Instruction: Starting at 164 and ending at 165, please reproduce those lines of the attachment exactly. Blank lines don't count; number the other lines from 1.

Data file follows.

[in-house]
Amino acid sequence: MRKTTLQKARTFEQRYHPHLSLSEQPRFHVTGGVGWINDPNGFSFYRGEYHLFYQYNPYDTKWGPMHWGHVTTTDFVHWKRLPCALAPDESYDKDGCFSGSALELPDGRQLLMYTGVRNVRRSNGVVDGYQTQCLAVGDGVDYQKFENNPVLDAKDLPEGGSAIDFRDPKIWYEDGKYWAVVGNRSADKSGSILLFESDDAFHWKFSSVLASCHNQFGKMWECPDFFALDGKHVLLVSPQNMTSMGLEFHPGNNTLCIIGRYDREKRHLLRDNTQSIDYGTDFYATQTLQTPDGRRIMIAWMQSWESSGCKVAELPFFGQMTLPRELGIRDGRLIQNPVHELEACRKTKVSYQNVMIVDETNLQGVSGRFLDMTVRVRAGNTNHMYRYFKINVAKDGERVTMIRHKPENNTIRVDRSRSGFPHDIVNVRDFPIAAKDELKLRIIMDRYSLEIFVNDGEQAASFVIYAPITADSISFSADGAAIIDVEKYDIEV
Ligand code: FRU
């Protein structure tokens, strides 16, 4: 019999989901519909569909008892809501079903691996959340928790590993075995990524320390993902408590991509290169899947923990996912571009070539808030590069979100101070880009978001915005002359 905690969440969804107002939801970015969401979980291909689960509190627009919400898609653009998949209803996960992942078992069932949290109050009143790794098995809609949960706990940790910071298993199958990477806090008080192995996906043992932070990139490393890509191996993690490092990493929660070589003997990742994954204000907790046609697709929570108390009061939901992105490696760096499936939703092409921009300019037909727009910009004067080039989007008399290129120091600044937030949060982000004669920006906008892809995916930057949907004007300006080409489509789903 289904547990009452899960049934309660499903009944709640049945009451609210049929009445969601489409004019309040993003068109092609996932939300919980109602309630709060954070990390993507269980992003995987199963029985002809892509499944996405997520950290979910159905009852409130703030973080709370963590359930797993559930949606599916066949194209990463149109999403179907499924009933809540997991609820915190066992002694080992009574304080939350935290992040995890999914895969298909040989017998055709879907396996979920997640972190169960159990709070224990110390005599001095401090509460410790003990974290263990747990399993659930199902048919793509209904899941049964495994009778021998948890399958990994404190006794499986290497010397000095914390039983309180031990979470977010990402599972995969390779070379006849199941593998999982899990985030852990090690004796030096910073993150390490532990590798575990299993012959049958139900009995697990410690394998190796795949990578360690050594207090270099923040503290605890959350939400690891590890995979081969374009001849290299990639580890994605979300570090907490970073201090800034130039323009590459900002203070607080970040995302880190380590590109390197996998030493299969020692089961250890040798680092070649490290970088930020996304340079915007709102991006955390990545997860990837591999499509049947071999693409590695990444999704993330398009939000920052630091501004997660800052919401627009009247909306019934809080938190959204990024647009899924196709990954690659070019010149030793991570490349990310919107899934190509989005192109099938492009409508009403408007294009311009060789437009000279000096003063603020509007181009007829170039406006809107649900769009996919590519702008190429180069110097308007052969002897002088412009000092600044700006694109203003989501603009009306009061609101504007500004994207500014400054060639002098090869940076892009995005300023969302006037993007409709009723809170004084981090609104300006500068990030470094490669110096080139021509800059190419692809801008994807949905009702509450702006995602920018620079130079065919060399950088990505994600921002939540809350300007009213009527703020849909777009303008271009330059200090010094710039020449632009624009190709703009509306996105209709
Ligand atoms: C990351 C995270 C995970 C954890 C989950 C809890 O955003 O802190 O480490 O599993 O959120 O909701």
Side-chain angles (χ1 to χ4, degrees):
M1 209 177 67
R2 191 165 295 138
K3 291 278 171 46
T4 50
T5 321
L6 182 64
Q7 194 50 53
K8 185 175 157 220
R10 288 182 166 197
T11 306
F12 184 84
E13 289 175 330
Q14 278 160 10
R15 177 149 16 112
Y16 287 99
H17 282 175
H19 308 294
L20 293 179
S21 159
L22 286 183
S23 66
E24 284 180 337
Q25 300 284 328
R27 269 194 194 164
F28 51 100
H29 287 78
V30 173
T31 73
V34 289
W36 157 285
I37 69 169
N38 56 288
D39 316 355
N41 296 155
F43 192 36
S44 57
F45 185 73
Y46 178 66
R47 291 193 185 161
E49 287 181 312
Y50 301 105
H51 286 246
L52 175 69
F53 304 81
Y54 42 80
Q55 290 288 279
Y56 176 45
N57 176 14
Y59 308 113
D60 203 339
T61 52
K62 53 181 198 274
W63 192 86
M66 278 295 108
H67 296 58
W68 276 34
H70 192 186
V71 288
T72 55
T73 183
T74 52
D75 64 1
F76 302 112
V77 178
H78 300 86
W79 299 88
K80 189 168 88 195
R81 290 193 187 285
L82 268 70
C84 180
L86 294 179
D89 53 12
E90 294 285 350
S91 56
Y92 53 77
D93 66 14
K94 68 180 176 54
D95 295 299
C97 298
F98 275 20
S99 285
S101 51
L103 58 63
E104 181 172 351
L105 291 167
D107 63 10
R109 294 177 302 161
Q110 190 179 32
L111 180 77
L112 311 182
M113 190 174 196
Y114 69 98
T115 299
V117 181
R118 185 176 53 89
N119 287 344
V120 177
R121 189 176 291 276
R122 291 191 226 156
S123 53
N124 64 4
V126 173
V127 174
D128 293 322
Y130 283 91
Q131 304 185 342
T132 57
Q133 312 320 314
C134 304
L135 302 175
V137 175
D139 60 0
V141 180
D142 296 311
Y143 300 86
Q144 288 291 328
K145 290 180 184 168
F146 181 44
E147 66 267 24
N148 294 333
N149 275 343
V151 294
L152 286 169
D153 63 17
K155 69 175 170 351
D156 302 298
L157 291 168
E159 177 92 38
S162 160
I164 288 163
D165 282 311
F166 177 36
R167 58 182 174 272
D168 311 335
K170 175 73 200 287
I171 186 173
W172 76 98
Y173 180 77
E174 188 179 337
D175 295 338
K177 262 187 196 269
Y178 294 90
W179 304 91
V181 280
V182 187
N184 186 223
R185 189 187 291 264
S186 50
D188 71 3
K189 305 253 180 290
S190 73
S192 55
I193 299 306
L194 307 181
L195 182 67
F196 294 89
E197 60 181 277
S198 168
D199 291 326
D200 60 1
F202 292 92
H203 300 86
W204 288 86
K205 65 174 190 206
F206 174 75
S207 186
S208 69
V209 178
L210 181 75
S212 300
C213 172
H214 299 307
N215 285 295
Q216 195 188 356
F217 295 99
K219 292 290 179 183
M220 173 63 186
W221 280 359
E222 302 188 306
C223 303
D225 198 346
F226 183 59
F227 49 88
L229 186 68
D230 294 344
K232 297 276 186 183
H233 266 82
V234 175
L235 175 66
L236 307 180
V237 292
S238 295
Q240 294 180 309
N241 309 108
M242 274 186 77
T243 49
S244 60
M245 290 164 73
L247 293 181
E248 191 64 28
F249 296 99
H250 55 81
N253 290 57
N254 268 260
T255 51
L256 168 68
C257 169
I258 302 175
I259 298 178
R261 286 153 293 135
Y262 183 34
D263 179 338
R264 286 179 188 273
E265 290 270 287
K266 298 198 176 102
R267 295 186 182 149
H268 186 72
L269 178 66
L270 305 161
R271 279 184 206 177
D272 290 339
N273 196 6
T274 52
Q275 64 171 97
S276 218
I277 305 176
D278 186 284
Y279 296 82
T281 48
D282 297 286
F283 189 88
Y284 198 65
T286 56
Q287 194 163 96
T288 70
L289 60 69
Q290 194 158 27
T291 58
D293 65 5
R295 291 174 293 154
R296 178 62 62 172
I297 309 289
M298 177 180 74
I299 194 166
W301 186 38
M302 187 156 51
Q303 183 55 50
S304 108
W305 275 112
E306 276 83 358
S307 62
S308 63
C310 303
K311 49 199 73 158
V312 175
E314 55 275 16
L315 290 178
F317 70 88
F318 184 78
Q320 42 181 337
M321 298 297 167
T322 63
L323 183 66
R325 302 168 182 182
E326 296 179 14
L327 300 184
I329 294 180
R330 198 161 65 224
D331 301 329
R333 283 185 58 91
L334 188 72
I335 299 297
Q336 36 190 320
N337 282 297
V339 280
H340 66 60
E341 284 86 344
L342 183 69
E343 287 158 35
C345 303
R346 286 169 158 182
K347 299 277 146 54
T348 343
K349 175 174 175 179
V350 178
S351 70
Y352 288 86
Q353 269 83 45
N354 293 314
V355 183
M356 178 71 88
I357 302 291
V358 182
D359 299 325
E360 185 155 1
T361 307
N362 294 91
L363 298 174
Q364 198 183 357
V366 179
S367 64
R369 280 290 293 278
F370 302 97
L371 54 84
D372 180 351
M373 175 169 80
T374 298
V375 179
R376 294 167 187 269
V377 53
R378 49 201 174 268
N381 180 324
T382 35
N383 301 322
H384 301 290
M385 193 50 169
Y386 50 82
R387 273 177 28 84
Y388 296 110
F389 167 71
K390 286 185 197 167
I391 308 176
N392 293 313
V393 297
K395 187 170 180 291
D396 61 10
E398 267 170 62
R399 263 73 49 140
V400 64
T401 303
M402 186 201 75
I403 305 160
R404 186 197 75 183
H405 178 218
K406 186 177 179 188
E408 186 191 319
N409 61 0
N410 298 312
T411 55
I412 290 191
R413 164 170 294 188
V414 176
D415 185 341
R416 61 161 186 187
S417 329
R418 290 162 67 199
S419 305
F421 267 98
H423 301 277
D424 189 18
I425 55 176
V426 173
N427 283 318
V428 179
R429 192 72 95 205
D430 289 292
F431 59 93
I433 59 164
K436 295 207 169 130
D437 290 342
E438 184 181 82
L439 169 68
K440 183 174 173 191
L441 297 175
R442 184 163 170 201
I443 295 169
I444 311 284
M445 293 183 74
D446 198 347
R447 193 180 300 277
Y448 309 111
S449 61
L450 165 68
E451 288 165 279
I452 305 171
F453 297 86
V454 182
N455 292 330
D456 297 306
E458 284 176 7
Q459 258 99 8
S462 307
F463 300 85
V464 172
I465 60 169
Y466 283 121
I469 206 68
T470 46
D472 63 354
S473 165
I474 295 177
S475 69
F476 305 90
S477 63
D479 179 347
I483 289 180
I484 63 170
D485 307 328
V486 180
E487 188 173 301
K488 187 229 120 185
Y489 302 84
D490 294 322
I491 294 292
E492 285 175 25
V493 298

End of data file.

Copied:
S198 168
D199 291 326